Joseph Lambert and Youri Latourtue have been sanctioned by the United States.
Washington CNN  — 

The United States on Friday imposed sanctions on two Haitian politicians accused of involvement in drug trafficking.

The US Treasury Department levied financial sanctions against Joseph Lambert, “the sitting President of the Haitian Senate (who) has held political positions in Haiti for 20 years” and Youri Latortue, “a former Haitian Senator and a longtime politician.”

In addition, the State Department imposed visa sanctions on Lambert and his wife, making them generally ineligible to enter the US.

The actions come as the Haitian government, led by Prime Minister Ariel Henry, have called on the international community to provide assistance as the nation as it grapples with security and humanitarian crises.

Friday’s financial sanctions, imposed in coordination with Canada, target two politicians who “have abused their official positions to traffic drugs and collaborated with criminal and gang networks to undermine the rule of law in Haiti,” Under Secretary of the Treasury for Terrorism and Financial Intelligence Brian Nelson said in a Treasury Department statement.

According to the statement, “Lambert used his position to lead and facilitate the trafficking of cocaine from Colombia to Haiti and to facilitate impunity in Haiti for other narcotics traffickers”

“Lambert has also directed others to engage in violence on his behalf,” it said. “His drug trafficking, corrupt tactics, and continued disregard for the rule of law have contributed to the continued destabilization of Haiti.”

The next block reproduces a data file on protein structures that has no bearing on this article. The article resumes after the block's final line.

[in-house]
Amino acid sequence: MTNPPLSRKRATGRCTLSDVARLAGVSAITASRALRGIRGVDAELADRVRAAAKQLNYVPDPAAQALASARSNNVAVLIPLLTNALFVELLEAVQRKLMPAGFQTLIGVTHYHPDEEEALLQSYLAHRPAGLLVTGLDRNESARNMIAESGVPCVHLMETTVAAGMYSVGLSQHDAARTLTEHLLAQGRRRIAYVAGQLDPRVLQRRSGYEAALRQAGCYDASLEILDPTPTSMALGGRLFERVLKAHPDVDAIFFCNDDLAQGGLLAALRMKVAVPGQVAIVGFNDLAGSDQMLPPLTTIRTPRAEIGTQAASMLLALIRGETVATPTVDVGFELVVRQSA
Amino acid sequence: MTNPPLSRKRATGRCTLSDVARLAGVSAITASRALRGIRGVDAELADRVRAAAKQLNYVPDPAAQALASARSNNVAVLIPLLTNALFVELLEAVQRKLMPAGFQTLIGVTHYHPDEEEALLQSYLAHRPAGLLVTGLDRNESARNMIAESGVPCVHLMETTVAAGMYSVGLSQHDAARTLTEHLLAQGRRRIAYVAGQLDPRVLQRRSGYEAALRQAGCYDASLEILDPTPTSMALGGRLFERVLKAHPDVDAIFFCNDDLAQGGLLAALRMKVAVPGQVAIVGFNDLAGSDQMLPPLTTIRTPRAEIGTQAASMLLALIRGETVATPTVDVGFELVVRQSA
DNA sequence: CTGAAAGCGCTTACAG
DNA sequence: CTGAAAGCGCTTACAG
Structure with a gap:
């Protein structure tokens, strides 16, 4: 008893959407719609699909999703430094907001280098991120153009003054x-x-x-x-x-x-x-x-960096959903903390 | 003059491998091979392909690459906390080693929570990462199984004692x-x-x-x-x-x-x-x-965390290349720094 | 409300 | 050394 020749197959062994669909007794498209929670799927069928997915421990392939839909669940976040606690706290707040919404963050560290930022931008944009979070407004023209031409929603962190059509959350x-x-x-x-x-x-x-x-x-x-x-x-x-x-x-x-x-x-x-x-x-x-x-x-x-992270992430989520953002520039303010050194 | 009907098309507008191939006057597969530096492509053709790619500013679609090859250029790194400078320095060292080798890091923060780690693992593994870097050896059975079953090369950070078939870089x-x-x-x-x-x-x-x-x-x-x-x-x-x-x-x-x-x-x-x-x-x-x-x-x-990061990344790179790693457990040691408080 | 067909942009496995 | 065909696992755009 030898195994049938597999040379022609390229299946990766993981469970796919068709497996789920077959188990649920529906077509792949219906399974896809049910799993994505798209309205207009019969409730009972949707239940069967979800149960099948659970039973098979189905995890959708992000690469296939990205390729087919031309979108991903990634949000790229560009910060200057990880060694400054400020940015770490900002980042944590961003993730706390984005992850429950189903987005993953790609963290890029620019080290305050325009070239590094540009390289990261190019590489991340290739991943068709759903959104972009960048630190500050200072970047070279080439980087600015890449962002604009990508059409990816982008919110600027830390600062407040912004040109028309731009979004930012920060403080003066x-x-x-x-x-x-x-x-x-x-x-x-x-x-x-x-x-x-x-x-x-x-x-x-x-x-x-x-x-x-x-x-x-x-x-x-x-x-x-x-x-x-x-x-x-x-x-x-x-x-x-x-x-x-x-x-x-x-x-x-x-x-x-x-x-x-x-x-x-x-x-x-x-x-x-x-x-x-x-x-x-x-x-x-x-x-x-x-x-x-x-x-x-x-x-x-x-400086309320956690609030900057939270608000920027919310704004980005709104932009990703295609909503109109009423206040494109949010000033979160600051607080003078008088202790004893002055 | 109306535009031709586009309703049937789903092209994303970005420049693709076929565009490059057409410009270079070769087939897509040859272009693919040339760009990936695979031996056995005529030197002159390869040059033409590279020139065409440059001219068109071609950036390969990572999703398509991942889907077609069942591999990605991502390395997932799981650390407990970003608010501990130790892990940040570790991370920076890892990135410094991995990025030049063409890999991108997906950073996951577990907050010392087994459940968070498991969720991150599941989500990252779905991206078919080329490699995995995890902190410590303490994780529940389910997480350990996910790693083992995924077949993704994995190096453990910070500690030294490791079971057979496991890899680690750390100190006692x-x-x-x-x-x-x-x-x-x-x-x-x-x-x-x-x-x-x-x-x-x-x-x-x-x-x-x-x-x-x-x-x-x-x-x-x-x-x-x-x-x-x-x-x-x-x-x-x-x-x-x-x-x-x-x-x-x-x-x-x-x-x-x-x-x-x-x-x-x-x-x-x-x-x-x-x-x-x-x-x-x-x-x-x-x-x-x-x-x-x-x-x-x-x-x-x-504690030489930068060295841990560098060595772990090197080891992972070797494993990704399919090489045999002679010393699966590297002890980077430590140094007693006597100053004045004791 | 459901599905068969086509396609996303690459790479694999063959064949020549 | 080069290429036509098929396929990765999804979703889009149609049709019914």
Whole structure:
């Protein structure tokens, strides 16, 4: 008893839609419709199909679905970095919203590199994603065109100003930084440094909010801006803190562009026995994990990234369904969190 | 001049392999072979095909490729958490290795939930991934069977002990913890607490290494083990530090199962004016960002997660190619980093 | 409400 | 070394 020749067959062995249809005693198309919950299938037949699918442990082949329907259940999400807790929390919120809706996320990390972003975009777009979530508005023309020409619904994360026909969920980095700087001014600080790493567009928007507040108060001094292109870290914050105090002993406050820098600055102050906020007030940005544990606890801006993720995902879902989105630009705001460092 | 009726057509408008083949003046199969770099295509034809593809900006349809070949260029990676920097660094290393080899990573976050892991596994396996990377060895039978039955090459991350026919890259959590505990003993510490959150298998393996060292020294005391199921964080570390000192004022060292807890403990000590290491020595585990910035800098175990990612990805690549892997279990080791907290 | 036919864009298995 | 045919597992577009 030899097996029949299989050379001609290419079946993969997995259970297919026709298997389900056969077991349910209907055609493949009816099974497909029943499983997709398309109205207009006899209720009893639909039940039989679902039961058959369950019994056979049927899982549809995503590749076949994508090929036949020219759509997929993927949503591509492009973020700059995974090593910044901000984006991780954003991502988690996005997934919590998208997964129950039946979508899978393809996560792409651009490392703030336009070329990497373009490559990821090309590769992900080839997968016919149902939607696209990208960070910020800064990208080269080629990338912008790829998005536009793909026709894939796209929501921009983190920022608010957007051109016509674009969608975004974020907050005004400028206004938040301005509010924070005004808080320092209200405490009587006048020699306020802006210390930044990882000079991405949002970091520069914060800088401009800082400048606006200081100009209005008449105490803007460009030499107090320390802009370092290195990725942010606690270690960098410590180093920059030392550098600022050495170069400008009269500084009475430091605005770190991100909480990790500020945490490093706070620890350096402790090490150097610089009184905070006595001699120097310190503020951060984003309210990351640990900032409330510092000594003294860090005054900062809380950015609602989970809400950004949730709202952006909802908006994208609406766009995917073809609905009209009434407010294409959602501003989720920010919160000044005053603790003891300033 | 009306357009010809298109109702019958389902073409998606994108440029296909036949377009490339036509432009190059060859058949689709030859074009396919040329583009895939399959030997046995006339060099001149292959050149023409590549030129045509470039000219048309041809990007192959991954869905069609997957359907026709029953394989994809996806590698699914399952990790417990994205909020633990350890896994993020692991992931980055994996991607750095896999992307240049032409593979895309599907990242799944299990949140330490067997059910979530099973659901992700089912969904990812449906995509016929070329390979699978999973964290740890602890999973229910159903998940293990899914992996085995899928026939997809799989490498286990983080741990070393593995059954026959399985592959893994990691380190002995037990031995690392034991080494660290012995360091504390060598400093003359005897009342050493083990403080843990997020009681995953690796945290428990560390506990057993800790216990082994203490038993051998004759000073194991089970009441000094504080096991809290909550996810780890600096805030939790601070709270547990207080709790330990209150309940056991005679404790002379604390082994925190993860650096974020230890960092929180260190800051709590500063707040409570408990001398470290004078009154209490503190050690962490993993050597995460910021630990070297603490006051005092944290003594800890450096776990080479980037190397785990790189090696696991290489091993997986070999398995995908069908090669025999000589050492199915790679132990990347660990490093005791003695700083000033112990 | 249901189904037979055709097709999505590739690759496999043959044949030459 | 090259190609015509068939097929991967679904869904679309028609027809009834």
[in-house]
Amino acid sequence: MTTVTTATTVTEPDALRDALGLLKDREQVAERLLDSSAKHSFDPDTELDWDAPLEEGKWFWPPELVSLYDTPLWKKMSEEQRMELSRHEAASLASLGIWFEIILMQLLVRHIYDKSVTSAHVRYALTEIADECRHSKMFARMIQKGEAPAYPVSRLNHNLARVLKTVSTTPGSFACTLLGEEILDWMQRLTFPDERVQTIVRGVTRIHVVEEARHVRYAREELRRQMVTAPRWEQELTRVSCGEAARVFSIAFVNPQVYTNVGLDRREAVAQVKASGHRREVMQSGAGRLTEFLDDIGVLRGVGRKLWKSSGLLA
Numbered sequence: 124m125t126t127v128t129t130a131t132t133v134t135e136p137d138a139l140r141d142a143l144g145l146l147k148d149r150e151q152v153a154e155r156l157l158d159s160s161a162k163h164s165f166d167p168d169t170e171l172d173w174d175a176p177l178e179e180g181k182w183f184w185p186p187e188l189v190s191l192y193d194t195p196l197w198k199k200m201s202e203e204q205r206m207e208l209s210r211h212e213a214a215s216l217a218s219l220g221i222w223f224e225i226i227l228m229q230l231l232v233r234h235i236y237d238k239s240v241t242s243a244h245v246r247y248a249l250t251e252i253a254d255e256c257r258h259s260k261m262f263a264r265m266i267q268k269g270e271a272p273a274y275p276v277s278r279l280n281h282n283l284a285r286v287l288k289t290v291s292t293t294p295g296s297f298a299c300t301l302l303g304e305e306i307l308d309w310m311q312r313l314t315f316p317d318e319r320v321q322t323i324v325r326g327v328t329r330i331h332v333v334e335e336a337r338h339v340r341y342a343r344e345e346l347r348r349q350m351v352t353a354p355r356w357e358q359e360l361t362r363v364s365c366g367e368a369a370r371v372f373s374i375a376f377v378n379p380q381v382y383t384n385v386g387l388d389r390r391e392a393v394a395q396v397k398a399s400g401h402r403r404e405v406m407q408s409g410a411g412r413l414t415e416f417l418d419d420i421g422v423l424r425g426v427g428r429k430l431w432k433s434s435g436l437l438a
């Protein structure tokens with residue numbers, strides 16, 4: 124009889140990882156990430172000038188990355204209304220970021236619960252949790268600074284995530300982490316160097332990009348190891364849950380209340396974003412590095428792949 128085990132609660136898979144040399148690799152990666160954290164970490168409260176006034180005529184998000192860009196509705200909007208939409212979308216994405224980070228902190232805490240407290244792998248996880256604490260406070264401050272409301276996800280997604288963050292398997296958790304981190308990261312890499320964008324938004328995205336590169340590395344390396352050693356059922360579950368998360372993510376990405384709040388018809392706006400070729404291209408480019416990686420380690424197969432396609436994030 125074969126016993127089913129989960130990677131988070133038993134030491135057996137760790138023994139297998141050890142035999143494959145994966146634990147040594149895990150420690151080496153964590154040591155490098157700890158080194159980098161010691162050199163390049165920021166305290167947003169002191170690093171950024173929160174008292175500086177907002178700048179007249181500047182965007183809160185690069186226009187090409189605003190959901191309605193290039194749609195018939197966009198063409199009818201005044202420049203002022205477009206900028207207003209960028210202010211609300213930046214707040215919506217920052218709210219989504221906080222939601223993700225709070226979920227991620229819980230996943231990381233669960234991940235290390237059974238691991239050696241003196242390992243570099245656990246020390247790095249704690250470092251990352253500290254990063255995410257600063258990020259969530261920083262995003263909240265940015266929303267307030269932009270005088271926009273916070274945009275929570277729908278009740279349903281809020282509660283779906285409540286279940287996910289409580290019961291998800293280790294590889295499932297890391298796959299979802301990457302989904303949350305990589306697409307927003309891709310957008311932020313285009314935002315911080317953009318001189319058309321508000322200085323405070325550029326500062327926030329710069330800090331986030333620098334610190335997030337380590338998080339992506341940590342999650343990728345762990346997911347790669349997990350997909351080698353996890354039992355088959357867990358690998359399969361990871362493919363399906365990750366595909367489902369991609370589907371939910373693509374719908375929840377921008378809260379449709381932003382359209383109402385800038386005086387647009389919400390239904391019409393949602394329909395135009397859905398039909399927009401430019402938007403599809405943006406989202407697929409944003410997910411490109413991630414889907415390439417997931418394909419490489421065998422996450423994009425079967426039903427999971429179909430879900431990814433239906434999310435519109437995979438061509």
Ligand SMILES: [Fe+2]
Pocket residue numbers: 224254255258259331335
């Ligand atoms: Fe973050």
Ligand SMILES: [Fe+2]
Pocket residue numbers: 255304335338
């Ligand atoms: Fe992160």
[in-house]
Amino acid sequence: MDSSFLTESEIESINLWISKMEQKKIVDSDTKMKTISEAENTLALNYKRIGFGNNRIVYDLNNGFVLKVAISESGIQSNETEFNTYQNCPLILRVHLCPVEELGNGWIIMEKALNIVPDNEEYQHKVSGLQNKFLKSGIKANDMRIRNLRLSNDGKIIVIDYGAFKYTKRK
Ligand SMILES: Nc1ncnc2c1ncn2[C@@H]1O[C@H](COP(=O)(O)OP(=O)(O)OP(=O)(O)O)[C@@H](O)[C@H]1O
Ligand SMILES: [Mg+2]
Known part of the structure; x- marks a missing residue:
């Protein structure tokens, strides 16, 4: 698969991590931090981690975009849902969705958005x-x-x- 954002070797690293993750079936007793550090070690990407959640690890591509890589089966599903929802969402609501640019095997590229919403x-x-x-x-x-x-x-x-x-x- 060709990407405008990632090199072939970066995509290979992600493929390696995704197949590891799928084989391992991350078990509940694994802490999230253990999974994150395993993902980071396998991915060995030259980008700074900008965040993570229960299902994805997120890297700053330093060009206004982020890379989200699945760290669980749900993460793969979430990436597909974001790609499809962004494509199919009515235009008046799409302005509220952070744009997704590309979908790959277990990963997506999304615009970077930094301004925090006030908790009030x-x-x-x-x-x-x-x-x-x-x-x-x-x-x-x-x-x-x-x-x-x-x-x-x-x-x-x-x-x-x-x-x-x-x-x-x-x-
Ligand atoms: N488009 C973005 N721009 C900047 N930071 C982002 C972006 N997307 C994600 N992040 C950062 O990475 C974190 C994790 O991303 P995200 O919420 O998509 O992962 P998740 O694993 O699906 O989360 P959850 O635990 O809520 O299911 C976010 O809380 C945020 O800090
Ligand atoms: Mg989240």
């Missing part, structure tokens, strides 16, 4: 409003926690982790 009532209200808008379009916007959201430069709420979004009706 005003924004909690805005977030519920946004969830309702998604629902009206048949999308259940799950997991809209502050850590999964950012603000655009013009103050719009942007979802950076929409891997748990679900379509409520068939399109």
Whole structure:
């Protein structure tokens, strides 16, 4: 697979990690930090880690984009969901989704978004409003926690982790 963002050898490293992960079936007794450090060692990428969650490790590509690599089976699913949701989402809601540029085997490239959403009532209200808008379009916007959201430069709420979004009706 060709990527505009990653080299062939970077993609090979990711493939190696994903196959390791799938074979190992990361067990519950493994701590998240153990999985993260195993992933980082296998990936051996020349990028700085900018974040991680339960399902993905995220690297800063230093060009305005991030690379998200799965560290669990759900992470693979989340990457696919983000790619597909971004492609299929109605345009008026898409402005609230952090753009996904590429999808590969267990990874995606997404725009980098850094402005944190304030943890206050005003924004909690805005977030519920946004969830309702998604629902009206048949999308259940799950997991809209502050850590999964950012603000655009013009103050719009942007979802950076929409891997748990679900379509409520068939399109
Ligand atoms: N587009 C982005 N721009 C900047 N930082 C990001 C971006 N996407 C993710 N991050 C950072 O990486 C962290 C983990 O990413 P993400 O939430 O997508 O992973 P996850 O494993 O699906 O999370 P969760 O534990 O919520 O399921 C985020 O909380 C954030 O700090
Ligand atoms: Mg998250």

“Like Lambert, Latortue has also had lengthy involvement in drug trafficking activities,” the release said. “Latortue has engaged in the trafficking of cocaine from Colombia to Haiti and has directed others to engage in violence on his behalf.”

Secretary of State Antony Blinken, in a separate statement announcing the visa sanctions, said, “there is credible information of Lambert’s involvement in a gross violation of human rights, namely an extrajudicial killing, during his government tenure.”

Latortue vehemently denied the allegations, tweeting Friday: “Drugs: Never! Gangs: I’m against! Laundering: I fought corruption & laundering with numerous public reports-Violence: listen to my speeches to the contrary! Arms trafficking? Lies! No due process! No confrontation!”

“To my family, my friends & supporters: I will defend myself with law and truth,” he continued.”

CNN has reached out to Lambert for comment.

US officials have spoken out about the situation on the ground in Haiti, and Blinken previewed forthcoming sanctions in an event with Canadian Foreign Minister Melanie Joly in Montreal last week.

“We have a small minority of gangs that are controlling access to everything that is necessary to respond to the problem, the problems that are facing the Haitian people. There are the elites that are directing them, that are funding them, and the government is not controlling anything. So for people to have access to potable water, to medication, when the ports and the roads are blocked by these gangs and by the elites that are controlling them – hence the sanctions that we will be imposing together in order to exert pressure on the elites that control the gangs,” he said.

The United Nations in recent weeks adopted a security council resolution, proposed by the US and Mexico, to impose sanctions on criminal leaders in Haiti.

The US and Mexico have also backed another resolution that would create “a limited, carefully scoped, non-U.N. mission led by a partner country with the deep, necessary experience required for such an effort to be effective,” in the words of US Ambassador to the UN Linda Thomas-Greenfield.

As of yet, no nation has been identified to lead that mission, and the potential of a military intervention has been met with resistance.

This story has been updated with additional details.

CNN’s Aliza Kassim and Etant Dupain contributed to this report.